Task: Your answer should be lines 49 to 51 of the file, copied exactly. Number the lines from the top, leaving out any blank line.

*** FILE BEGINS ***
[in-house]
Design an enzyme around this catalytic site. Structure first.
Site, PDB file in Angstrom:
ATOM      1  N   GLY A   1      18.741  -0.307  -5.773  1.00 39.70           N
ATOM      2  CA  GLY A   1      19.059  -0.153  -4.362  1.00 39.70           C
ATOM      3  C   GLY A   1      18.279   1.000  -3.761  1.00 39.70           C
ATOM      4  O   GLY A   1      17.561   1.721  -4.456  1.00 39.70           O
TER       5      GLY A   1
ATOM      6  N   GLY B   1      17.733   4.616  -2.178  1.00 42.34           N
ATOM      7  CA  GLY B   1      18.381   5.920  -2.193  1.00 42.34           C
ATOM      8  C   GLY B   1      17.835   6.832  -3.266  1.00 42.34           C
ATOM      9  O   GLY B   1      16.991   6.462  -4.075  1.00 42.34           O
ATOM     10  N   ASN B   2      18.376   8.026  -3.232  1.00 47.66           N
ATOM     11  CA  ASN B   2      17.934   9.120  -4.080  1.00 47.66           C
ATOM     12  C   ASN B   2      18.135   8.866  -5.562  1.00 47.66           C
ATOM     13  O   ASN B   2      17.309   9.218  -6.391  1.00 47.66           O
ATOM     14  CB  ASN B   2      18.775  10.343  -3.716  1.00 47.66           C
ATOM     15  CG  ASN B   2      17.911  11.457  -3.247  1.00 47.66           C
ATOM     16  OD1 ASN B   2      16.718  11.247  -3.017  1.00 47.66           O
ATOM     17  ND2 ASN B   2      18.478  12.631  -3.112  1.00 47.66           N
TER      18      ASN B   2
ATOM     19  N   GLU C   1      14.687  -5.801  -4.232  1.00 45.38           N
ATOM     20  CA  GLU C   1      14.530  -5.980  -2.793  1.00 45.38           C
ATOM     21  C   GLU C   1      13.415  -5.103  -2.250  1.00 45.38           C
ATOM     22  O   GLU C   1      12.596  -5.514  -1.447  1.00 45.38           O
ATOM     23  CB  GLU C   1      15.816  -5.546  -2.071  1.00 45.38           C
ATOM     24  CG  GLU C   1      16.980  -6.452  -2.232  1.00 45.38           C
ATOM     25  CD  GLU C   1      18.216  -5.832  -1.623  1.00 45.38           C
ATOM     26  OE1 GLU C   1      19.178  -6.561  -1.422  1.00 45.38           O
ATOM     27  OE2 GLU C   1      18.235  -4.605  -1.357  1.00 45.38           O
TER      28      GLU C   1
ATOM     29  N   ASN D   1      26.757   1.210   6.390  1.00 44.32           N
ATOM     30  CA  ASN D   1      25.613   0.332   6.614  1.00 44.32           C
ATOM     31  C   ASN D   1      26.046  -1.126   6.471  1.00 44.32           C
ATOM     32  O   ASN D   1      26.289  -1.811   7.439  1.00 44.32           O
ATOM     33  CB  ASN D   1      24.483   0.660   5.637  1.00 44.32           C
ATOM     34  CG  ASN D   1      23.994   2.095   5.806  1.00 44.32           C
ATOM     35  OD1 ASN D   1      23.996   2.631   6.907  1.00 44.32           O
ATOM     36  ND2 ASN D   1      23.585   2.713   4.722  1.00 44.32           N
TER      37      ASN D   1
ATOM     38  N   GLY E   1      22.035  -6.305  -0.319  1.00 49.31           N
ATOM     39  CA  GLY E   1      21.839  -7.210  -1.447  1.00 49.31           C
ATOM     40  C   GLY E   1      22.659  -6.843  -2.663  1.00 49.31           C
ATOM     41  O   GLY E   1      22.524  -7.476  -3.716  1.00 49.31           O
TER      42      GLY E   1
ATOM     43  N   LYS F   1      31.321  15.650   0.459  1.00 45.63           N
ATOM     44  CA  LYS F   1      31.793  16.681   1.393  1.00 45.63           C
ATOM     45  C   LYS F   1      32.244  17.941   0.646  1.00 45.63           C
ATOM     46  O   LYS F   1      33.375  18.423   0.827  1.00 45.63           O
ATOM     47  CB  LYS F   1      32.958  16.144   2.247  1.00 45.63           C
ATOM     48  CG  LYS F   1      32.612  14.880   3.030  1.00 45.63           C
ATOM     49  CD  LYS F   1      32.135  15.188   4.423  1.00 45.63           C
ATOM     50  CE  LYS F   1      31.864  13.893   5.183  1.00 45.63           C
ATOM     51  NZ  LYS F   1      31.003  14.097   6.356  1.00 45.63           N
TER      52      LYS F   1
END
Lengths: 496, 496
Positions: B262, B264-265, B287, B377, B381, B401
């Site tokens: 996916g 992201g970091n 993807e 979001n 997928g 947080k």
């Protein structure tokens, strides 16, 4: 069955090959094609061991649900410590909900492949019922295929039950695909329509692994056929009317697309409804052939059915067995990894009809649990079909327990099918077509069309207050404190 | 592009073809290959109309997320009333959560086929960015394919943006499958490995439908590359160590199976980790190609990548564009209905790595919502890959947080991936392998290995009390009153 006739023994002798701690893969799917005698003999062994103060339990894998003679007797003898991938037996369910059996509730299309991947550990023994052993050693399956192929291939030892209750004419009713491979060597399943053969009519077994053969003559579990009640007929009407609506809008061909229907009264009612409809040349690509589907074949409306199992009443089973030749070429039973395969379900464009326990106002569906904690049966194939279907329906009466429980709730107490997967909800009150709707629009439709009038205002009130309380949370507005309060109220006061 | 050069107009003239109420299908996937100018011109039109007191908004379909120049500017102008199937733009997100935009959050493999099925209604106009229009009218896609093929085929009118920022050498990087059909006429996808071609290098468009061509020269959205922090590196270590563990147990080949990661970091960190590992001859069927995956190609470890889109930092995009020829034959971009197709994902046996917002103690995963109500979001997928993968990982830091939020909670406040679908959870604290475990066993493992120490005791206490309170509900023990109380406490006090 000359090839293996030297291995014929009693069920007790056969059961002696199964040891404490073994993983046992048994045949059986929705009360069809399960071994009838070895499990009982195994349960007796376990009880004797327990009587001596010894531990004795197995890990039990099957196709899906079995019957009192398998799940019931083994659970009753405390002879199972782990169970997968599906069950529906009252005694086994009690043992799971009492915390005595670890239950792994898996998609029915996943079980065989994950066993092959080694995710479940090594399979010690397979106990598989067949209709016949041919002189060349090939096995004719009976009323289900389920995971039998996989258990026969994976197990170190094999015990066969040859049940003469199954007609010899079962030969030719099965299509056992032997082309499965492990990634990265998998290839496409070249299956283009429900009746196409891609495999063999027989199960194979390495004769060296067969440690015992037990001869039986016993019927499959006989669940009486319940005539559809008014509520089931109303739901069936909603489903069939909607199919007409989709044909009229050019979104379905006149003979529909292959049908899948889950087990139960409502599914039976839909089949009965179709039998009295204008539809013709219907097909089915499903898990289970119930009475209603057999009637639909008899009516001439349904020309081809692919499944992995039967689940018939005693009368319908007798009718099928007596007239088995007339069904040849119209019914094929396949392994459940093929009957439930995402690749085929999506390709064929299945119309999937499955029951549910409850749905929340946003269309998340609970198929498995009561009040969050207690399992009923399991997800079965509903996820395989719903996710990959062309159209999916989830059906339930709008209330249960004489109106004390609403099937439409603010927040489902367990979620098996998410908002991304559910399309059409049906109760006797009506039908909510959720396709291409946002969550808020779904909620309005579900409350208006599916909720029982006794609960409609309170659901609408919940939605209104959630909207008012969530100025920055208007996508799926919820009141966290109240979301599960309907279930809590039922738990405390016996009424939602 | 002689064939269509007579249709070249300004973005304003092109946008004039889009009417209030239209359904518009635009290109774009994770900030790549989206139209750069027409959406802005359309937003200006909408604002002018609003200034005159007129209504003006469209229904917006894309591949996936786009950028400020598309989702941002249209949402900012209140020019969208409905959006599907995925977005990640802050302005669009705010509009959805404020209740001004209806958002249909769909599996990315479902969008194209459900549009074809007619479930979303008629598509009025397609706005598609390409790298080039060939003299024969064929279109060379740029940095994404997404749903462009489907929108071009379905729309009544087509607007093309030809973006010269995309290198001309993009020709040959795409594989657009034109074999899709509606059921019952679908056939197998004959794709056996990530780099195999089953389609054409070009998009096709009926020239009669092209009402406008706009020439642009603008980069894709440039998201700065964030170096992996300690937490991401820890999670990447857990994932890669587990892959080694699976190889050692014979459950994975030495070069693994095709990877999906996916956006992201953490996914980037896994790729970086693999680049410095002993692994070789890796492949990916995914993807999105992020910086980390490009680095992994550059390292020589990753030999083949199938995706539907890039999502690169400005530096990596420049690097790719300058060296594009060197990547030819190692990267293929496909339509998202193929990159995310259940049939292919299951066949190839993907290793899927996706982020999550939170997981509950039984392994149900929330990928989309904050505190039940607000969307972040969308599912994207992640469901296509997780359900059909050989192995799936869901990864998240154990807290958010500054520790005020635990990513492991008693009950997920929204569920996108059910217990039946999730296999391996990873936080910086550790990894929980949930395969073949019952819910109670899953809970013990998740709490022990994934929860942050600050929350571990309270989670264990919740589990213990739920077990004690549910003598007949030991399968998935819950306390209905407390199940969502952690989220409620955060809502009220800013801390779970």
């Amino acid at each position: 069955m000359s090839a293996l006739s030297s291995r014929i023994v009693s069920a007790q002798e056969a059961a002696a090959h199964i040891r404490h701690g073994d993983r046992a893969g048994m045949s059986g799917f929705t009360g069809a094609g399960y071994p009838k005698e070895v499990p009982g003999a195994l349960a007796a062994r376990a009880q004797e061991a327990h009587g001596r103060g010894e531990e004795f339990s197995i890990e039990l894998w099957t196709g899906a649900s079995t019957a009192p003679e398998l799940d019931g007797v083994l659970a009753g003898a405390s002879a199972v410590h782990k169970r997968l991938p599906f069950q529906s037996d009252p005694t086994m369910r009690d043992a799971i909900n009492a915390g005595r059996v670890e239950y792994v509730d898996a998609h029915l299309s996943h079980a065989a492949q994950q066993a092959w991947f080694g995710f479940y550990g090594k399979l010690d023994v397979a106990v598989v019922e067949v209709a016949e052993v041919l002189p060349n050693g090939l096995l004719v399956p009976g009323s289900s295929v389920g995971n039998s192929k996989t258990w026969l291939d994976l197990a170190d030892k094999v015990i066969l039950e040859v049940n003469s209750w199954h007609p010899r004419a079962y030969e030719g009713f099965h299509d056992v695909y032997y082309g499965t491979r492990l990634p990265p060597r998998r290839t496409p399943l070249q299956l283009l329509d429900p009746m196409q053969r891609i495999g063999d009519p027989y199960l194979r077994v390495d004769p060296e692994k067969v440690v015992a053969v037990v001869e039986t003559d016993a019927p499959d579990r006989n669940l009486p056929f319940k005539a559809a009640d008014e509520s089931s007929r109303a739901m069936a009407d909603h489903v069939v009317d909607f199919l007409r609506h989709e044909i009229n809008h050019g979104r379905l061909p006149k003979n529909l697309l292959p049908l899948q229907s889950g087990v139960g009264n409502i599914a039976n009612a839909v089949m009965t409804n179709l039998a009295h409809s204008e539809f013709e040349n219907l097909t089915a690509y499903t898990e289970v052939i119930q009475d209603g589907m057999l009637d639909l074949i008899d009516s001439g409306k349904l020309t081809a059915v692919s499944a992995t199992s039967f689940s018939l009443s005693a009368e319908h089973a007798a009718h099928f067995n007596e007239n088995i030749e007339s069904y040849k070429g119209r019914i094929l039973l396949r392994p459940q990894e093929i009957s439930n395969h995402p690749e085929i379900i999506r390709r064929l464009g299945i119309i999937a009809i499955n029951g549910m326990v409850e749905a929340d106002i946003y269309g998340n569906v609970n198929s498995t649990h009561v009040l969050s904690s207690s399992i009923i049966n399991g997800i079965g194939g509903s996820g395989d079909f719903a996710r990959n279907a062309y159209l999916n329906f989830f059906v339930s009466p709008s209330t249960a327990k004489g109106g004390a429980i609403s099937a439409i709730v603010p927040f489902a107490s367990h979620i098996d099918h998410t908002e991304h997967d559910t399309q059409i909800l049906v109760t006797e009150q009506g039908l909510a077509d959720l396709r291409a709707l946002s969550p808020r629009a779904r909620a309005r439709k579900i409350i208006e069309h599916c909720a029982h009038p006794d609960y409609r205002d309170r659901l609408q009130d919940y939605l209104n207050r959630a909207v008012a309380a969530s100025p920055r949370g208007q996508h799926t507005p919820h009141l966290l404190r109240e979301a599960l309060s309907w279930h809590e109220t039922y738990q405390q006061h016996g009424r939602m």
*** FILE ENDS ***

ATOM     46  O   LYS F   1      33.375  18.423   0.827  1.00 45.63           O
ATOM     47  CB  LYS F   1      32.958  16.144   2.247  1.00 45.63           C
ATOM     48  CG  LYS F   1      32.612  14.880   3.030  1.00 45.63           C